Tuesday, November 15, 2005

From Reagan to Sparta: 25 Years of Conservative Camouflage

The Wall Street Journal carried a story a few weeks ago about companies that specialize in a particular kind of personal training. They hire soldiers who’ve just finished their tour of duty in Iraq, then unleash their drill-sergeant routines — intimidation, screams, punishment, humiliation — against “recruits” in fitness programs. If a participant skips a session, the article noted, “active-duty or former Marines who run the sessions have been known to show up in full uniform at the bootcamper’s workplace, demanding an explanation.” Grown men and women, with free will, with jobs, with brains, are paying good money for that sort of sadomasochism. Companies are putting their employees through it. News media are in awe.

But there’s nothing surprising here. “The martial enthusiasm of the people” that Edward Gibbon detected as a telling ingredient of Rome’s decline, even as Rome looked invulnerable, is at it again in our own imperial splurge. As a cultural and political movement, the camouflaging of America has been the undercurrent since Ronald Reagan’s invasion of Grenada in 1983. That was step one in the rehabilitation from Vietnam and the burial of 1960s idealism — what even George Wallace once called “the sissy attitude of Lyndon Johnson and all the intellectual morons and theoreticians he has around him.” So it is today. Athenian ideals are for sissies. America is the new Sparta: Harsh, Darwinian, unforgiving. That it is increasingly unforgiven abroad doesn’t register. The country is too busy indulging its autocratic self-esteem. That, in a nutshell, is the result of the conservative ascendancy of the last 25 years.

There should be no doubt that the United States is no longer merely a conservative nation. President Bush’s miserable year aside, it is a right-wing nation, and becoming more so. The country is so comfortable with its extremes that it is often willing to dance with fundamentalism, speak the language of reactionaries and — in the name of security, efficiency, law and order — tip the occasional hat to the methods of fascism. This is the case in virtually every sphere, public and private.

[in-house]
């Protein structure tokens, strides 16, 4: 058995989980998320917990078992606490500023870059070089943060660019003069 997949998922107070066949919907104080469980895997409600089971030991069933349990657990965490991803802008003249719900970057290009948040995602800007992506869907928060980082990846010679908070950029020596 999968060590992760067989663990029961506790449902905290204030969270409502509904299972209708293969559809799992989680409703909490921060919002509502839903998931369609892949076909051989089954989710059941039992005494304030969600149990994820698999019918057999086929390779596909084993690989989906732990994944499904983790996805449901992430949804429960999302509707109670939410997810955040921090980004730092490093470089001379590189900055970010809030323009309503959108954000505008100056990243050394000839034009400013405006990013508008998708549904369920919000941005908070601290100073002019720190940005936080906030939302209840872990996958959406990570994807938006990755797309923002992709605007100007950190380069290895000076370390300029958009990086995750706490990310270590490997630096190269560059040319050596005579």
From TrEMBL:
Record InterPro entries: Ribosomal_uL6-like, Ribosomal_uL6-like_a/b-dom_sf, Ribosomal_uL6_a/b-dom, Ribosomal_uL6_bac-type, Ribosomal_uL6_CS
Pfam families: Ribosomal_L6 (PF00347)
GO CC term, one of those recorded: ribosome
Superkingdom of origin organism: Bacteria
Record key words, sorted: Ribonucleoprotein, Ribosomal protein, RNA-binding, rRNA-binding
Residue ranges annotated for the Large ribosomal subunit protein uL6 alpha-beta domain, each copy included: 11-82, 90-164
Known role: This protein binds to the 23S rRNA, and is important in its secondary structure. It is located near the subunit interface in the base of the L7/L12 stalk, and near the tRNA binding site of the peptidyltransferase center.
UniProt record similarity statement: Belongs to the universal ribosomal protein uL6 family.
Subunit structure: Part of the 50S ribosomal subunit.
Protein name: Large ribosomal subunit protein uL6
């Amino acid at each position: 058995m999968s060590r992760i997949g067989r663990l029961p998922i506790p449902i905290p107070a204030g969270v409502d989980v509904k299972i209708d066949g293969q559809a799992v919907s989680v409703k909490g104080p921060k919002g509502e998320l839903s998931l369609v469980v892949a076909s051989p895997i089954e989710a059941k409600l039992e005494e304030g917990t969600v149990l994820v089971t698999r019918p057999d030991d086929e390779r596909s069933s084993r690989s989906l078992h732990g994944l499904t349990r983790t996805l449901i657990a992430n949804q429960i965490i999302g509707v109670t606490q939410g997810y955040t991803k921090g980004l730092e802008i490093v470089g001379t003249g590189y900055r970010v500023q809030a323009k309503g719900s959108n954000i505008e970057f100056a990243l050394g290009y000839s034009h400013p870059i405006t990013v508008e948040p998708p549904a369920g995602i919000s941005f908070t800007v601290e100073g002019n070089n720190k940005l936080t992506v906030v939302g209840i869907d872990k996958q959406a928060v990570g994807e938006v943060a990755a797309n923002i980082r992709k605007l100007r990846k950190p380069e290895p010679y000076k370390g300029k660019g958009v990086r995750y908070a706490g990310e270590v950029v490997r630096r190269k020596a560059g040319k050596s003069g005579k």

Conservatives or Republicans dominate all three branches of the federal government, the Federal Reserve, every federal regulatory agency, and every advisory board to such agencies as the National Science Foundation, the National Institutes of Health and the National Endowment for the Arts. Republican governors rule over a majority of states (28). The Republican Party controls both legislative chambers in 20 states, compared with 19 for Democrats (control is split in 10 states; Nebraska’s legislature is non-partisan). In some states, Florida among them, Democrats might as well not exist. And in some states, Kansas among them, medievalism is making a comeback as faith is confused with science and education replaced by doctrine.

Disaffection with the current regime isn’t disaffection with the right-wing nation. Scandals and suspects aside, the Republican Party has a long way to go before being “defeated by the rust of its absolute power” (to borrow Gabriel Garcia-Marquez’s phrase). It can still depend on liberals to provide no convincing alternative, though heaven knows the country is ripe for alternatives on health care, Iraq, the tax heist of the last five years, deepening inequalities and diminishing opportunities. Admittedly, it’s hard to get a message out when the messengers are stacked against you.

No more liberal than their shareholders’ bottom line, Hollywood and the media are the Olsen twins of hacksaw capitalism with a human face. And the corporate workplace, on whom most of us depend and whose language many of us are forced to speak in and out of work, does daily calisthenics to the tune of Mussolini. As Harper’s editor Lewis Lapham just wrote, “the corporation reserves the right to open one’s email, test one’s blood, listen to the phone calls, examine one’s urine, hold the patent on the copyright to any idea generated on its premises. Why ever should it not? As surely as the loyal fascist knew that it was his duty to serve the state, the true American knows that it is his duty to protect the brand.”

And still, conservatives find room to rail that the victory is not total enough. Universities, the last major American institution still escaping the grasp of the closers of the American mind, are under attack for being too liberal. Ex-Marxist turned neo-whatever activist David Horowitz is peddling an academic “bill of rights” to ensure that conservative viewpoints are heard on campus. It’s the kind of affirmative action conservatives angrily deride when the tables are turned. Yet Congressmen and legislators in a dozen state are willing to abet the thought policing with (thankfully non binding) resolutions. What next — a drill sergeant showing up at your door and screaming that you’re not thinking conservatively enough? The way some homeowner association rules are written, I wouldn’t be one bit surprised.

[An slightly shorter version of this piece appears today in the News-Journal.]